Ammonium Nitrate, Pure
CAS Number 6484-52-2
EC Number 229-347-8
Chemical formula NH4NO3
Solubility in water 1500g/l (20 °C)
90g NH4NO3 + 500ml water, 1ml solution per 100 l of tank water yields a concentration of 0.4 NH4 and 1.4 NO3 ppm
50g NH4NO3 + 500ml water, 1ml solution per 100 l of tank water yields a concentration of 0.2 NH4 and 0.8 NO3 ppm
90g NH4NO3 should last for about 350 dni (for a 100L aquarium)
Store in dark place, in room temperature.
In order to measure the required amount you can either use a scale, a measuring jug (with milliliters), a teaspoon or a tablespoon. If you want to use spoons, it is important that you use the same spoon for all of your mixtures. The size of the spoon is not that important – it is the maintenance of the proportions of all of the ingredients that matters.
Just to give a rough guide: 1 teaspoon = approximately 5g, 1 tablespoon = approximately 15g.
What also needs to be remembered is that every chemical compound has different maximum solubility in water and that the values given above are accurate for distilled water. The maximum solubility in RO water will be slightly lower; solubility in boiled water will be even lower (if you want to use boiled water, we recommend you to boil it for 3min and than let it drop to room temperature).
It is worth mentioning that saturation of a solution of one salt will decrease the solubility of another salt added to the same solution.
Good To Know
Nitrogen is a macroelement, it makes about 1.5% of a dry plant. Nitrate is a component of proteins, nucleic acid and chlorophyll. Nitrate is a mobile element (can transfer from one part of the plant to another), therefore symptoms of its deficiency occur in older leaves first. Plants absorb nitrate in the form of ions NO3-, NO2-, NH4+ and urea. Water plants absorb nitrate first of all in the form of ammonium cation, as its absorption requires the least energy. Ions NH4+, however, are toxic for fish and stimulate the growth of many algies therefore are not recommended for use in planted aquariums. The most commonly used source of nitrate is KNO3 (Potassium Nitrate). The recommended level of nitrates is 5-30 ppm. The nitrate level needs to be monitored regularly (at least in the first few months since the aquarium’s set up).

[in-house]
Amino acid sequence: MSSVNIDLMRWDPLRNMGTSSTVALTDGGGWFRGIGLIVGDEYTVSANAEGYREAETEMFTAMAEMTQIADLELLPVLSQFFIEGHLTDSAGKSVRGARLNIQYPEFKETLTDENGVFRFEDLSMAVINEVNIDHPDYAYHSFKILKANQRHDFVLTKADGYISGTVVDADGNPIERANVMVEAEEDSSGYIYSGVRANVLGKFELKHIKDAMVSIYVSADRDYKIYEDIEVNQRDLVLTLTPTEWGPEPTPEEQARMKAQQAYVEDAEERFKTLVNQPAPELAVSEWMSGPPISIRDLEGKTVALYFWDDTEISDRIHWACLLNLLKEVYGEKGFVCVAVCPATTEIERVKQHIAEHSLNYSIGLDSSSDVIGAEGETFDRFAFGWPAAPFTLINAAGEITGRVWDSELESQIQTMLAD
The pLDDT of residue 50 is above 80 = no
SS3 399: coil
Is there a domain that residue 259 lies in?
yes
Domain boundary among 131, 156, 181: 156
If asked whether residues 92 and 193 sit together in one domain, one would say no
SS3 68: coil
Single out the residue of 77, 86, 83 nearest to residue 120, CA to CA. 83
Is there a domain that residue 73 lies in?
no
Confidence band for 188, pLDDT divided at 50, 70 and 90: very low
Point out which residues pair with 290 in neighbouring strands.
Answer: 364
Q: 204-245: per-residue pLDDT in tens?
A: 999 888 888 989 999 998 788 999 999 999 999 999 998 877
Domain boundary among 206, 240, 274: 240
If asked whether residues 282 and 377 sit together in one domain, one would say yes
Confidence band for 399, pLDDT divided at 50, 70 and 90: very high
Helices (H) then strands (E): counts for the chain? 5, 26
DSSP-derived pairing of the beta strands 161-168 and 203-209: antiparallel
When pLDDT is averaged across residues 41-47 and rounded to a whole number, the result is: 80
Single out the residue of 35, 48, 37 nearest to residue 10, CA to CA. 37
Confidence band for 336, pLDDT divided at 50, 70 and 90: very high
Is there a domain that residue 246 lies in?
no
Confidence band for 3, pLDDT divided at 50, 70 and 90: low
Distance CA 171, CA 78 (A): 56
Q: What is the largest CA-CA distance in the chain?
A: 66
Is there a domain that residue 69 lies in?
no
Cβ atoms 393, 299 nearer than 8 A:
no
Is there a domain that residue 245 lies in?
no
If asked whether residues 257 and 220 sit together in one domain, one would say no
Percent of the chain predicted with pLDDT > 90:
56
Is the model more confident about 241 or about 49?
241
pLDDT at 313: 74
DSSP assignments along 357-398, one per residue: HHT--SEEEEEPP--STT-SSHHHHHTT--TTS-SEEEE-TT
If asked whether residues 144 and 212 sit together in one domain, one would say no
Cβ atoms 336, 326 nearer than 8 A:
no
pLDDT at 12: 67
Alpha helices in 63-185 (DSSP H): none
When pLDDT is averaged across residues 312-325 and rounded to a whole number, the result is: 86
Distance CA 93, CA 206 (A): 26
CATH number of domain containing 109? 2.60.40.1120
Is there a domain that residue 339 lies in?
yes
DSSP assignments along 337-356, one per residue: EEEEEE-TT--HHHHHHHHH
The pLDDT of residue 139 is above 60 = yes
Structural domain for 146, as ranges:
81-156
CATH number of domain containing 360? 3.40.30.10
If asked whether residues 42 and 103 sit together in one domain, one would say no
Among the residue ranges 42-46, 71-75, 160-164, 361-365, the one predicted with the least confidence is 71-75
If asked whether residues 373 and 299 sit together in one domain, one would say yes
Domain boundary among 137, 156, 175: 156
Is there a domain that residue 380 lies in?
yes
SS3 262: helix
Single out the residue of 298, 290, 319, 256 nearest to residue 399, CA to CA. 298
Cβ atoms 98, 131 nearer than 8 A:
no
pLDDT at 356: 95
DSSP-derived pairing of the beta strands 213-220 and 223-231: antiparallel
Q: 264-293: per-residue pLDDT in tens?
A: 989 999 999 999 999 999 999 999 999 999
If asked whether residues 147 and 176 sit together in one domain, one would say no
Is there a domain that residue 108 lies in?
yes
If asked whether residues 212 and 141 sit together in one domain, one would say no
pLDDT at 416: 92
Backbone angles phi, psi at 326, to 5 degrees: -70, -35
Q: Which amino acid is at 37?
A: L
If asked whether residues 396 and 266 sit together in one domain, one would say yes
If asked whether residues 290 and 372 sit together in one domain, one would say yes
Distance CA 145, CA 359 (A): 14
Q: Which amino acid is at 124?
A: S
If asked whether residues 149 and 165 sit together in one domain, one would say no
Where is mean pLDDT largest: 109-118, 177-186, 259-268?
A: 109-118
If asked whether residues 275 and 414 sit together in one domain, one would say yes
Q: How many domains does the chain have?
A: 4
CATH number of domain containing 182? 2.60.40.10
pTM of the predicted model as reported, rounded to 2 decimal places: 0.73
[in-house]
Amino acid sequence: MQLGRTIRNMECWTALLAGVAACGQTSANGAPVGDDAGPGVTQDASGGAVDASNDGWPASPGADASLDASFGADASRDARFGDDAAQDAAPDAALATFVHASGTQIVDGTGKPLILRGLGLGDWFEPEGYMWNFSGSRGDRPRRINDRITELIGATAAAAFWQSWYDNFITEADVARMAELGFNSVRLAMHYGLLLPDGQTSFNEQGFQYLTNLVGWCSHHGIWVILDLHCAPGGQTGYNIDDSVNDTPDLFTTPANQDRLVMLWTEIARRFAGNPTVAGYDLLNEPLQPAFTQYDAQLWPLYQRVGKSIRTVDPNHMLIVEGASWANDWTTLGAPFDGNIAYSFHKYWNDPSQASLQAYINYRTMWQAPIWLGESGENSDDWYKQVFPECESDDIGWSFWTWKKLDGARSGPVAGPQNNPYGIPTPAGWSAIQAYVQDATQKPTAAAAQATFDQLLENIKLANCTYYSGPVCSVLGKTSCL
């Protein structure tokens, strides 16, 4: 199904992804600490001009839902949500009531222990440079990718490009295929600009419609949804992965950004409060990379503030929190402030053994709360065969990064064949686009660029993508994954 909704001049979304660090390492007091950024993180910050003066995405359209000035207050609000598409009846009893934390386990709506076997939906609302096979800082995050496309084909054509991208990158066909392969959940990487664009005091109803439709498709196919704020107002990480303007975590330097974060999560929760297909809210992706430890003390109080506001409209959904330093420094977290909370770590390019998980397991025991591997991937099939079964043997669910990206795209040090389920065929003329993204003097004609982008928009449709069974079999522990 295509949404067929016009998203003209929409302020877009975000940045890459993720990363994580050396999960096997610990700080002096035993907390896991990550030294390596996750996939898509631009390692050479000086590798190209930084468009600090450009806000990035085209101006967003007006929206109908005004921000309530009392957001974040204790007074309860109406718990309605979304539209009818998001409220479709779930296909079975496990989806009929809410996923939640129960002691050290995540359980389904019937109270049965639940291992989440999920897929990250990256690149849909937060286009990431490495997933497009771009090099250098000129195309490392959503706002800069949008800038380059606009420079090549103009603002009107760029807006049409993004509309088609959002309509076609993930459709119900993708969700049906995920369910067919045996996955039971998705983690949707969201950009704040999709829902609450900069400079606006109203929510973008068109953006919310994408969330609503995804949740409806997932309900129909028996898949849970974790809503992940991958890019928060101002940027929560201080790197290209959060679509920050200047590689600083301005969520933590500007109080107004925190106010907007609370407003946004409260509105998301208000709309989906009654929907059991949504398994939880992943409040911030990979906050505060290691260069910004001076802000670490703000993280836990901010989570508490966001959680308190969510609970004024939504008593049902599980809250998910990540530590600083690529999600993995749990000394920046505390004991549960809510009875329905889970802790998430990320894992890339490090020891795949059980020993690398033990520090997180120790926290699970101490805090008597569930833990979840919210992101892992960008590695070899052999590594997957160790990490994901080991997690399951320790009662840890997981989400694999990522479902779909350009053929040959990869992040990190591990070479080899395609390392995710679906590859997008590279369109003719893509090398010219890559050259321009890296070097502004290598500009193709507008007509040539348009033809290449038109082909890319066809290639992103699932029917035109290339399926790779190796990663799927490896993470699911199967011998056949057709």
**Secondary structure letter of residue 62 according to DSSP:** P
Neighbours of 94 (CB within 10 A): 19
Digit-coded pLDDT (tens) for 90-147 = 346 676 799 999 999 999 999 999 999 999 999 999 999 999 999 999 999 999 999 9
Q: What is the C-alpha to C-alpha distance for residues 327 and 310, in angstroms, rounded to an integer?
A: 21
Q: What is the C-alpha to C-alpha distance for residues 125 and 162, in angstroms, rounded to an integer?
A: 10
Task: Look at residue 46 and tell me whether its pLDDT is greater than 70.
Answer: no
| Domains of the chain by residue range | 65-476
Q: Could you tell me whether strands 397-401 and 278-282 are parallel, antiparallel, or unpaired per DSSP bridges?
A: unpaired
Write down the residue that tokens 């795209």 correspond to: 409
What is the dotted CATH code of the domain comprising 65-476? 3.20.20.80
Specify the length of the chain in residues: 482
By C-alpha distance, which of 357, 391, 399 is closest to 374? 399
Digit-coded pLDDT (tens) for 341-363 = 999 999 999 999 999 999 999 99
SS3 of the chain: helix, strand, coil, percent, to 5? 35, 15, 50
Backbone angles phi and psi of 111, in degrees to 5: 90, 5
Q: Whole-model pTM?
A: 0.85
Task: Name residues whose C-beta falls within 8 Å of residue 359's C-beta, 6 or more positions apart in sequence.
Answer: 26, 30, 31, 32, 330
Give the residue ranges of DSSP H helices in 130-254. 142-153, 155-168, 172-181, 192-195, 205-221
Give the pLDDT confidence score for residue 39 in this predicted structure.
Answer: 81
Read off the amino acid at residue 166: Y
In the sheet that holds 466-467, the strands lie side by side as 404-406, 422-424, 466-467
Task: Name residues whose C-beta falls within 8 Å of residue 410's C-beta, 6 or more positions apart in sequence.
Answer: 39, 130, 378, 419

Well-lit aquariums with CO2 injection (even in those with a big fish population) often need nitrate supplementation. The usual dosing ranges from 5 to 25 ppm NO3- a week.
In planted tanks nitrate deficiency is quite common. Low nitrate level (close to deficiency level) in red plants leads to intensified colours. In case of moderate deficiency usually the only symptom is an impeded growth of the plants. In case of more severe deficiencies the growth is completely blocked. Also, smaller leaves, smaller propagation and general chlorosis of older, and with time younger, leaves (indicated by light-green to yellow colour) are typical symptoms of nitrate deficiency. In more severe deficiencies, necrosis and fall of leaves occur. Leaves and stems of some plant species become red or orange. In case of some plants (e.g., water millfoil, hornwort, ditch moss) stem fragmentation may also occur.
In planted tanks excess of nitrate is quite unlikely. Possible symptoms of excess levels of nitrate can be visible on the whole plant. Leaves become dark-brown and blossoming is inhibited.
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